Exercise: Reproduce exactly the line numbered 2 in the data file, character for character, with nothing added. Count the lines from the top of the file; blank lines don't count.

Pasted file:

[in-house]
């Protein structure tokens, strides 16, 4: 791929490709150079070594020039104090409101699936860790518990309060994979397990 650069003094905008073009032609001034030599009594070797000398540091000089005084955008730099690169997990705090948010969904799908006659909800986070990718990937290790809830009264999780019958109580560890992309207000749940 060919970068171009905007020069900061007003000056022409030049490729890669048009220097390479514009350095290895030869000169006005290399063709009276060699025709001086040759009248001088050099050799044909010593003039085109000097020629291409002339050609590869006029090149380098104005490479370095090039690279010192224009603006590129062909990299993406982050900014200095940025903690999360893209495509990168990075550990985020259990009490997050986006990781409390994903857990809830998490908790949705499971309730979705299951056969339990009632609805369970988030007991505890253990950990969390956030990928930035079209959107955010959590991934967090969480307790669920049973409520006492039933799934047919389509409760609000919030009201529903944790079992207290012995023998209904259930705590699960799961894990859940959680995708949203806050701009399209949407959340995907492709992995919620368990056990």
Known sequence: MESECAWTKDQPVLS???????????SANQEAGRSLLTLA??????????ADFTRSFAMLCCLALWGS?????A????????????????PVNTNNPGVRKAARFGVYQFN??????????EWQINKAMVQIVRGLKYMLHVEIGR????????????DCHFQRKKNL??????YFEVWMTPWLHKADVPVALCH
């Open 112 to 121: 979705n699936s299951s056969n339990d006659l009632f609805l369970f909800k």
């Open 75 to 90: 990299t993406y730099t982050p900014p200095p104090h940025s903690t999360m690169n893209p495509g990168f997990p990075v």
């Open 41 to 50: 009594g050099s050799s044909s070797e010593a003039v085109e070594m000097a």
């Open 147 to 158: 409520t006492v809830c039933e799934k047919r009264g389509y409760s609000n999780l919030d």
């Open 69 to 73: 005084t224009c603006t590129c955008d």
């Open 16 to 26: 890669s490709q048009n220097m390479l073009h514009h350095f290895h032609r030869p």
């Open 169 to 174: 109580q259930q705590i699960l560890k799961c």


């Protein structure tokens, strides 16, 4: 791929490709150079070594020039104090409101699936860790518990309060994979397990 650069003094905008073009032609001034030599009594070797000398540091000089005084955008730099690169997990705090948010969904799908006659909800986070990718990937290790809830009264999780019958109580560890992309207000749940 060919970068171009905007020069900061007003000056022409030049490729890669048009220097390479514009350095290895030869000169006005290399063709009276060699025709001086040759009248001088050099050799044909010593003039085109000097020629291409002339050609590869006029090149380098104005490479370095090039690279010192224009603006590129062909990299993406982050900014200095940025903690999360893209495509990168990075550990985020259990009490997050986006990781409390994903857990809830998490908790949705499971309730979705299951056969339990009632609805369970988030007991505890253990950990969390956030990928930035079209959107955010959590991934967090969480307790669920049973409520006492039933799934047919389509409760609000919030009201529903944790079992207290012995023998209904259930705590699960799961894990859940959680995708949203806050701009399209949407959340995907492709992995919620368990056990």